Authorize using JWT and similar technologies The simplest way to handle authentication/authorization is to skip the central authority and use technologies like JWT to verify claims without leaving the process (or without calling another microservice). There are many options here and it really depends on the security level your apps requires, but in general for highest security each microservice should check the authorization and permissions before doing anything, no matter how small, while for convenience this can be done at the gateway level only (aka in the component that exposes the public API). I usually go with the former since I think the added security justifies the small overhead of locally checking the identity each time.
You don't have to deploy using Docker or Kubernetes right from the start Don't get me wrong, these are great technologies, but both add another layer of complexity to your app. You should consider learning them based on the return of investment rule: does the added complexity and time spent on learning these tools justifies the advantages? Unfortunately, this is a bit difficult to answer. That's why it think it's better to start small. If your project uses a popular stack, one of the PaaS out there (e.g. Heroku) is probably a much better fit. There's a strong tendency of overcomplicating things when it comes to microservices deployment. Don't forget, microservices are an architectural pattern than can be used no matter how or where you're deploying your app. Your ultimate goal should be to have a clean, scalable solution that doesn't require disproportional effort to build and maintain.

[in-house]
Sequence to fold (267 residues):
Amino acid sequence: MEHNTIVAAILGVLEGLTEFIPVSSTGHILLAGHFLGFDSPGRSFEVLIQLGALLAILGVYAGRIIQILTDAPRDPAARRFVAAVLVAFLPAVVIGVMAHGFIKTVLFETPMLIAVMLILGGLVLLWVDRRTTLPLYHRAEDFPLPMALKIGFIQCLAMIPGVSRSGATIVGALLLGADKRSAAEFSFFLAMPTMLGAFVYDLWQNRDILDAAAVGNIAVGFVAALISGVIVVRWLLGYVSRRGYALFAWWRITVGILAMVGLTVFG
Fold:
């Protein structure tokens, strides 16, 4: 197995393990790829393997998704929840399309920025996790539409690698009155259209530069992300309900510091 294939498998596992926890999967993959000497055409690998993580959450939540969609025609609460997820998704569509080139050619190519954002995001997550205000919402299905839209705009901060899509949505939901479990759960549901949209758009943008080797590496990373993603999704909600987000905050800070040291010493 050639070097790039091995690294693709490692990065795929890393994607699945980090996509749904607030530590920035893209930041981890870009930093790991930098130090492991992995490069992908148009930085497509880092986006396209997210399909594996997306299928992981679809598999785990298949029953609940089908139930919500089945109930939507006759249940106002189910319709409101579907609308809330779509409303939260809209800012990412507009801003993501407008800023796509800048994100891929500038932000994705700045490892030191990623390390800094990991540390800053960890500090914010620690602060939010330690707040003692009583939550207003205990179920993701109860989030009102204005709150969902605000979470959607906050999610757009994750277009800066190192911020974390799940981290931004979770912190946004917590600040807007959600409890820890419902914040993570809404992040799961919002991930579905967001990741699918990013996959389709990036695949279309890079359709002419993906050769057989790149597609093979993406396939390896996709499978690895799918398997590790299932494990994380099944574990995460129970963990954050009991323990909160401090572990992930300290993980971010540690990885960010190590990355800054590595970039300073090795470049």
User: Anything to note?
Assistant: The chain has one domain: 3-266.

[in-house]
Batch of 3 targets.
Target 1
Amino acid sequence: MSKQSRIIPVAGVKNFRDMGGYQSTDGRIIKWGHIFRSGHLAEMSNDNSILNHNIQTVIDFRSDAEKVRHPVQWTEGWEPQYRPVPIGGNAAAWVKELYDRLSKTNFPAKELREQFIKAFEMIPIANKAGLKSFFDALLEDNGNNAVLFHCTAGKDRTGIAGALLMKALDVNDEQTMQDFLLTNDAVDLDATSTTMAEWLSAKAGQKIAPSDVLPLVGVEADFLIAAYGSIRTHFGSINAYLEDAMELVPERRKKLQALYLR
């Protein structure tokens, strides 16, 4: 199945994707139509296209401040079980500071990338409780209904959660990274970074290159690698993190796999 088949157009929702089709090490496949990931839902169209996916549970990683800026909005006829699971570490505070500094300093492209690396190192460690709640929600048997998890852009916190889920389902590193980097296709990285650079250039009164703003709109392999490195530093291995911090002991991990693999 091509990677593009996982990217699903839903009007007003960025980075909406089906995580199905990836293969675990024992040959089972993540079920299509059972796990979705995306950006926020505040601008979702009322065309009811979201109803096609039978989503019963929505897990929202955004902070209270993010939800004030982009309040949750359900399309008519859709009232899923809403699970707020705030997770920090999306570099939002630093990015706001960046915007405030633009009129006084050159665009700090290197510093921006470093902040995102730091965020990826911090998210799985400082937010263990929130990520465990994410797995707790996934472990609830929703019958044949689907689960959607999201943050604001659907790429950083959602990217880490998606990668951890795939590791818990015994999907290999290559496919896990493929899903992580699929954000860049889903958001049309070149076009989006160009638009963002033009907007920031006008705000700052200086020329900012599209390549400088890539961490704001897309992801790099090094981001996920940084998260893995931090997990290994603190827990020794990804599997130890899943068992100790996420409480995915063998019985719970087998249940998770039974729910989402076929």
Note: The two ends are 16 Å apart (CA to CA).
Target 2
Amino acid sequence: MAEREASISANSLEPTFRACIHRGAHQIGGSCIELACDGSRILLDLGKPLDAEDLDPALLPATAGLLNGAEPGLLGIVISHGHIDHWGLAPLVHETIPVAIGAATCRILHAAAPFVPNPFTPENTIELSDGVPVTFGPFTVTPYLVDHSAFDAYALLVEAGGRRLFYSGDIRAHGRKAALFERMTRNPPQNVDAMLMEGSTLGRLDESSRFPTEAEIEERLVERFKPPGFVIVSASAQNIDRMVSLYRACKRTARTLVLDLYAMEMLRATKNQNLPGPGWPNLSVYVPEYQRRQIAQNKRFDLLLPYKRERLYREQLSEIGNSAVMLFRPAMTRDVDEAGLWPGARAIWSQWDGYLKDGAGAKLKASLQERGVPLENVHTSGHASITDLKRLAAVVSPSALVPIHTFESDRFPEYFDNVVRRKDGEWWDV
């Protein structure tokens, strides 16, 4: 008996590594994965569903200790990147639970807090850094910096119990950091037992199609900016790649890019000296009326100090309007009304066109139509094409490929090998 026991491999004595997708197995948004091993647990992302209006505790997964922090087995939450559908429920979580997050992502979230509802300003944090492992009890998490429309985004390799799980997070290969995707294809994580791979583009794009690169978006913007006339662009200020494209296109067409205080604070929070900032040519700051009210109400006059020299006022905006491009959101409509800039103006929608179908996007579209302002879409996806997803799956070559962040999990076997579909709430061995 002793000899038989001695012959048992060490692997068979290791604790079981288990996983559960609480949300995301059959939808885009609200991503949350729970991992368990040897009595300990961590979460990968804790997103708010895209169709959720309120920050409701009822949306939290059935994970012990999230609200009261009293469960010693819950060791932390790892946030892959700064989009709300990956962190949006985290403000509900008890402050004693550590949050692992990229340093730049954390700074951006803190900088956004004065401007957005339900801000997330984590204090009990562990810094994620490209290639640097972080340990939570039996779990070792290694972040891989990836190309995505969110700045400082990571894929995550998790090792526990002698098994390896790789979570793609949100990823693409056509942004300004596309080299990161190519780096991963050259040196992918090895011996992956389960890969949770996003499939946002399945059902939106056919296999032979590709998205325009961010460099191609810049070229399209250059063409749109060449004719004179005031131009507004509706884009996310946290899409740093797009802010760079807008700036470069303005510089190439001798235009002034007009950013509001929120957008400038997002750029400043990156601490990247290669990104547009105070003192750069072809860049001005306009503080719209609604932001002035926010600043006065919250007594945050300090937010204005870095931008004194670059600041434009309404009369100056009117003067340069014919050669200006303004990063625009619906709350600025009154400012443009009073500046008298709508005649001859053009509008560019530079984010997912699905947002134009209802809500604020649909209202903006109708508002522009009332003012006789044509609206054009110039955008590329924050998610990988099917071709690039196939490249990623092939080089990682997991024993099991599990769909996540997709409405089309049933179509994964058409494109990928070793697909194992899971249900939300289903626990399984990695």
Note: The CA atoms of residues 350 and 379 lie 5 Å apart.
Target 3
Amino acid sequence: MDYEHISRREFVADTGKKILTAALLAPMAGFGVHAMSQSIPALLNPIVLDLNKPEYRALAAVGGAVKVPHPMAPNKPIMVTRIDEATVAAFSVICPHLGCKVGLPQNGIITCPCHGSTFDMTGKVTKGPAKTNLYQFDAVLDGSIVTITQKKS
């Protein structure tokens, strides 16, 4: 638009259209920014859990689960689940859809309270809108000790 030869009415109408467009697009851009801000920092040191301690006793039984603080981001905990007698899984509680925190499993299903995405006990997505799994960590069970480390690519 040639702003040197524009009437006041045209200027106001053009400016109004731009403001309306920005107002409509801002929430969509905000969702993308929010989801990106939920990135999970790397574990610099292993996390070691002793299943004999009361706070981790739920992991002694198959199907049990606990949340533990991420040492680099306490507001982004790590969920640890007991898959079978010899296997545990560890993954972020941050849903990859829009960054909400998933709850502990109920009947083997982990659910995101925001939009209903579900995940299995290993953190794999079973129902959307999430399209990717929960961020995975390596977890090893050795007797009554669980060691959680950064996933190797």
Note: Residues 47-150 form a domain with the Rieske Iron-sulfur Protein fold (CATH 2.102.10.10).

Monitor your cluster Logging and monitoring helps you find issues early and react accordingly. Avoid third-party or self-made realtime logging libraries (aka you should never make an in-process remote request to log things). Simply log everything using stderr and stdout (with something as simple as debug), then aggregate your logs. If you're using a PaaS, this last step might be already done for you.
Testing is a must Write unit test, write integration tests, write end to end tests. In inverse order of their magnitude (i.e. unit tests should come in the largest number). Also, each bug you ever find should have corresponding unit test. With microservices unit testing is not optional, you will never be able to reason about your system as a whole if you can reason about it in isolation.